Thoughts on Mary Barra, Mike Ilitch and more

Metro Times readers' responses.

Thoughts on Mary Barra, Mike Ilitch and more
Courtesy illustration.

Spare Mary Barra

We received a number of online responses to Jack Lessenberry’s column about the recent scandal involving General Motors’ faulty ignition switches in millions of cars that have been tied to more than a dozen deaths, and CEO Mary Barra’s recent testimony before Congress regarding the issue. A user identified as Steve posted:

First, Barra was handed a turd sandwich. Now everyone has to take a bite. As I understand what I have read, the switches are safe if you just have the key in them. As in: People who have 4 fuzzy bears, a flashlight and family photos dangling from the keychain could have an issue. GM, even with this hanging over their head, says the cars are safe if you just have the key in the ignition.

Ford Motor Company had a throttle issue causing the car to just shut off while driving; they made me pay for it. It took over three weeks to get it fixed, no car in trade, etc. … then … weeks later I get notice for reimbursement on the “recall.”

GM was on borrowed money, trying to get its head above water. All that will happen now is GM will be broke again, lawyers will be rich, and families will not get their loved ones back. While I think if there are people injured or killed there should be some type of compensation, this will not go well for the business of cars. I cannot believe Fieger isn’t all over this.

While I am sure GM is at fault to a point, I was watching the hearings done by our fine upstanding congressional reps, and all I wanted to do was slap a congressperson, those pompous, lying hypocrites. Let GM and the affected families reach an agreement, and get the government out of it; those idiots in Congress couldn’t conduct an intelligent hearing on a sandwich. Hang in there, Mary. There are people on your side.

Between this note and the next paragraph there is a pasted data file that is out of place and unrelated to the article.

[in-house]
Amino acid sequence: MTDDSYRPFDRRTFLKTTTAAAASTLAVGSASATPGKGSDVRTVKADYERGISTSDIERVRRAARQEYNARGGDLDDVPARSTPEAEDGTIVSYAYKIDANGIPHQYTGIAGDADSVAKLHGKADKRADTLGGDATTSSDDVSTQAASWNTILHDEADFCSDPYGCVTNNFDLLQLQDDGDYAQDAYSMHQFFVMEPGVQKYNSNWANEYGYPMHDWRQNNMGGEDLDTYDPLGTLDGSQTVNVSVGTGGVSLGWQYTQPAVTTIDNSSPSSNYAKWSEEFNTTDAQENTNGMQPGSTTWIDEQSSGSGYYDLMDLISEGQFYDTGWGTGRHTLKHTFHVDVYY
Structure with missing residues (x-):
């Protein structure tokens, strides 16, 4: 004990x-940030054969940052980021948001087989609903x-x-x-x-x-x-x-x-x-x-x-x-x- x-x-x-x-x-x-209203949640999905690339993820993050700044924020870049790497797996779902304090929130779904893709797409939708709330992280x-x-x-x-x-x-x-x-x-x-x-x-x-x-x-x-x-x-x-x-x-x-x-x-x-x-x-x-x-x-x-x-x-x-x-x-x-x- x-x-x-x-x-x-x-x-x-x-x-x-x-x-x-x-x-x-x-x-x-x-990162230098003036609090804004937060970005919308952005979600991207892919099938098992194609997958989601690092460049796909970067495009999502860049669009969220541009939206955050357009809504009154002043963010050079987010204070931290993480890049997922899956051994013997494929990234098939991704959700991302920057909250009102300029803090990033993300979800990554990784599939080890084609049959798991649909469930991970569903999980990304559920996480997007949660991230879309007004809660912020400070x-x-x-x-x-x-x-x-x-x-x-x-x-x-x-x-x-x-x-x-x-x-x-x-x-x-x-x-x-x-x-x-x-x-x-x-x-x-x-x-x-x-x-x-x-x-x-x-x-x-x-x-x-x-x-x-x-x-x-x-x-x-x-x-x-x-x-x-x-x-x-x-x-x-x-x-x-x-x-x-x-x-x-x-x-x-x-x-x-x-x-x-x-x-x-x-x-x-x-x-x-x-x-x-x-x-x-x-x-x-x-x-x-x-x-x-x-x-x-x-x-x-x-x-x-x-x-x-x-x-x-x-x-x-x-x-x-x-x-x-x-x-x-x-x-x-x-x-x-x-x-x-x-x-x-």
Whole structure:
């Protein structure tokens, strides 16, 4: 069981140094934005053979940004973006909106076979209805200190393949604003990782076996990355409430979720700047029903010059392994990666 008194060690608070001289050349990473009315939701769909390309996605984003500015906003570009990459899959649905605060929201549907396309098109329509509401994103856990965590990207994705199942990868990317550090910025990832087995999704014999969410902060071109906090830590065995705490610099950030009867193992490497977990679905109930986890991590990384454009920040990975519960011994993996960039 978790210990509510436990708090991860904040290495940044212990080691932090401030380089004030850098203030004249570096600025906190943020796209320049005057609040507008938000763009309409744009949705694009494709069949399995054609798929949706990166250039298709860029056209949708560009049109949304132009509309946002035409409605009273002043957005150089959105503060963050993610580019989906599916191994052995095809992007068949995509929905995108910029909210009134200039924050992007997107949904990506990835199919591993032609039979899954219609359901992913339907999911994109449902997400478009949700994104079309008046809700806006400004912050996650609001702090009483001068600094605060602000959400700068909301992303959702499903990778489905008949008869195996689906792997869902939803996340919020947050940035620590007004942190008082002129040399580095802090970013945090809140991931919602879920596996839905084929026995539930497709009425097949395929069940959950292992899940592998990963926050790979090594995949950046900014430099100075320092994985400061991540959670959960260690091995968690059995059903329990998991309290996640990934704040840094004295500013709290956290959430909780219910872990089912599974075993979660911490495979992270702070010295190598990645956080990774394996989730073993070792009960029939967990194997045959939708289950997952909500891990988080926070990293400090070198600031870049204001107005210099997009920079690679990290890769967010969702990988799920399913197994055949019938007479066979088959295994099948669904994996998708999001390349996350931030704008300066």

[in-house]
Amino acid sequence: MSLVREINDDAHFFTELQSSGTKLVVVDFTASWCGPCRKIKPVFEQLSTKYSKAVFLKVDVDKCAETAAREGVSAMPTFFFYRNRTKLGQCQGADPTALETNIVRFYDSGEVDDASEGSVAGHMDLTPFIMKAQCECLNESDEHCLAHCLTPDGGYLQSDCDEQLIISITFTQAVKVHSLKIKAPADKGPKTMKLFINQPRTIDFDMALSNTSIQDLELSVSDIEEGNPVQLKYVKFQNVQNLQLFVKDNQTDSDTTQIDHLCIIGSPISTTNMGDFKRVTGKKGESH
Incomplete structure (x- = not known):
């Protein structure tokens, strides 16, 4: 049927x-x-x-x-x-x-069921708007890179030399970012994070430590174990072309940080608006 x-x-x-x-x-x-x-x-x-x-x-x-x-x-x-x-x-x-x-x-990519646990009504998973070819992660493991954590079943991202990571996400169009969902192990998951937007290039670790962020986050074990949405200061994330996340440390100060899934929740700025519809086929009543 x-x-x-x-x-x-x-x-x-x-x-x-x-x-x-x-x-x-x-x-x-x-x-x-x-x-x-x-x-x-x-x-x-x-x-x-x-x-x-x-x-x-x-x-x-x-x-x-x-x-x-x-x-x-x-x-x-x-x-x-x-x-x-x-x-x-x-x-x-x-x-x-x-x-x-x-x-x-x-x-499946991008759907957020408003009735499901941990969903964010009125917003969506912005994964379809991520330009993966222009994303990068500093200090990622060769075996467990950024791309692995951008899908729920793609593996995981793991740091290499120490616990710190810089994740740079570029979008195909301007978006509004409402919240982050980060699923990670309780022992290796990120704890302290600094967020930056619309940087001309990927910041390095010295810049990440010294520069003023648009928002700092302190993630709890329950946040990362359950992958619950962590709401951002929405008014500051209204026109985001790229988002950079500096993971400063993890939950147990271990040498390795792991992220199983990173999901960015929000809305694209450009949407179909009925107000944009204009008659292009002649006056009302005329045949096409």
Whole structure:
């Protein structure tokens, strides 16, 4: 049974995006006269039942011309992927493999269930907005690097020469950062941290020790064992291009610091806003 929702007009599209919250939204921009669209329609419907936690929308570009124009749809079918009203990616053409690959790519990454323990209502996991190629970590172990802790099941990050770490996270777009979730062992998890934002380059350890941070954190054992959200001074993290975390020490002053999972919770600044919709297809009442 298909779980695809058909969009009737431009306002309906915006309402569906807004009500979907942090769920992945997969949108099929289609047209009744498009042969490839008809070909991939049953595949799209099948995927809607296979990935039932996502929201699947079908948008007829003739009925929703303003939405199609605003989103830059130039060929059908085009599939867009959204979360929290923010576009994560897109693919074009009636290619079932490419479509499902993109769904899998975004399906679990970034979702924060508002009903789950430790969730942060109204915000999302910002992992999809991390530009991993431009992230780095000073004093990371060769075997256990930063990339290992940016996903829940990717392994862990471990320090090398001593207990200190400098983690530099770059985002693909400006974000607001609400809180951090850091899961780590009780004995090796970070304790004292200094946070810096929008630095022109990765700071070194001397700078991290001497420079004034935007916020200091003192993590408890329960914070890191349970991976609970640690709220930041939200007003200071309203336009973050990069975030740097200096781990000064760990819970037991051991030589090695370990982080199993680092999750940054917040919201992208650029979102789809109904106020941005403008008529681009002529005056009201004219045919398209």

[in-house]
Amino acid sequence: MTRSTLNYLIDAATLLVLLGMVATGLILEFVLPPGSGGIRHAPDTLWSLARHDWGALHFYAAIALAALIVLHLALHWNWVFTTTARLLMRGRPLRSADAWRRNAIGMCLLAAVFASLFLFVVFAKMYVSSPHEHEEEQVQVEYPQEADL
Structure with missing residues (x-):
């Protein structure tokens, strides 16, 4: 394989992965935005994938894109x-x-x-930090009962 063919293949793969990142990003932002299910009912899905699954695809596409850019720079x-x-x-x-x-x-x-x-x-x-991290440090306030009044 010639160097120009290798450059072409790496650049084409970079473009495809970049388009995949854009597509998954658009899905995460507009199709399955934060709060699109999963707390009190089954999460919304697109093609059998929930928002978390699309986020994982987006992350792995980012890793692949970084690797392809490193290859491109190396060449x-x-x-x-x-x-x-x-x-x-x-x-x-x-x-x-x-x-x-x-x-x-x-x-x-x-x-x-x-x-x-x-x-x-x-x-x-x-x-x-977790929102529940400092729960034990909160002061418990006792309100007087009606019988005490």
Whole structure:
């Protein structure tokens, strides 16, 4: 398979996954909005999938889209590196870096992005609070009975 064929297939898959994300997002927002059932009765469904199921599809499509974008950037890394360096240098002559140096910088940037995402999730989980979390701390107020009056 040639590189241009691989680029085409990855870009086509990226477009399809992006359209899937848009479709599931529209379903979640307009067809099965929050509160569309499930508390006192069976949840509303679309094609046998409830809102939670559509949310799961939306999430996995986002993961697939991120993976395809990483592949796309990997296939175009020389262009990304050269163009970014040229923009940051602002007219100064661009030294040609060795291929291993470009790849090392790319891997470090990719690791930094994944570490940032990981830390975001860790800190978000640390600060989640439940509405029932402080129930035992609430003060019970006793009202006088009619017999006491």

Emperor Ilitch

We also received numerous online responses to Lessenberry’s column, “In arena deal, Detroit worshipping Mike Ilitch.” A user identified as Bob Cornwell posted:

This is one of the reasons why I’m really beginning to despise the super-rich. Not only do they have every advantage that most of us can only dream of, they also expect us to subsidize their toys. And, believe me, this new stadium is just that. A new toy. A very expensive bauble on which he can hang his name.

If this thing were really expected to make money, wouldn’t he have broken his own piggy bank to pay for it? And taken all the profits? After all, he is a successful businessman. Now, in a city that can’t afford to hire enough police officers, cannot afford to offer its workers a decent retirement, and where you cannot drive down Eight Mile Road without running into to a homeless person, we are blessed with poor, poor Mike Ilitch who wants a new stadium and wants this city to pay for more than half of it.

Sounds a whole lot like welfare to me.

I have lived too long and have seen too much to even ask if the man has a sense of shame. I know now that such is for little people (non-billionaires) such as myself.

So, since this thing seems to be a done deal, this is what I think the people of Detroit should do:

They should build a statue of the guy, with his arm extended, holding a gilded beggar’s cup, put a crown on it, and put a plaque at its base. The plaque should have the following written on it:



‘Snakes in the grass’

We also had a number of online responses to investigative reporter Curt Guyette’s lengthy analysis of the evidence that has surfaced in Detroit’s bankruptcy case. A user identified as Imara Hyman posted:

Interesting … my concern is that the state has been trying to get control of Detroit’s pension fund for forever. The Detroit pension fund is funded at a higher rate than the state of Michigan’s. Once the state funds the Detroit pension fund, does the state then have a right to say that it’s in control? If so, what’s to stop them from looting it and then declaring that they can no longer pay Detroit retirees at the agreed upon rate? We are dealing with malicious people! Or, as my grandmother used to say, “snakes in the grass.” Why should we believe anything they have to say?

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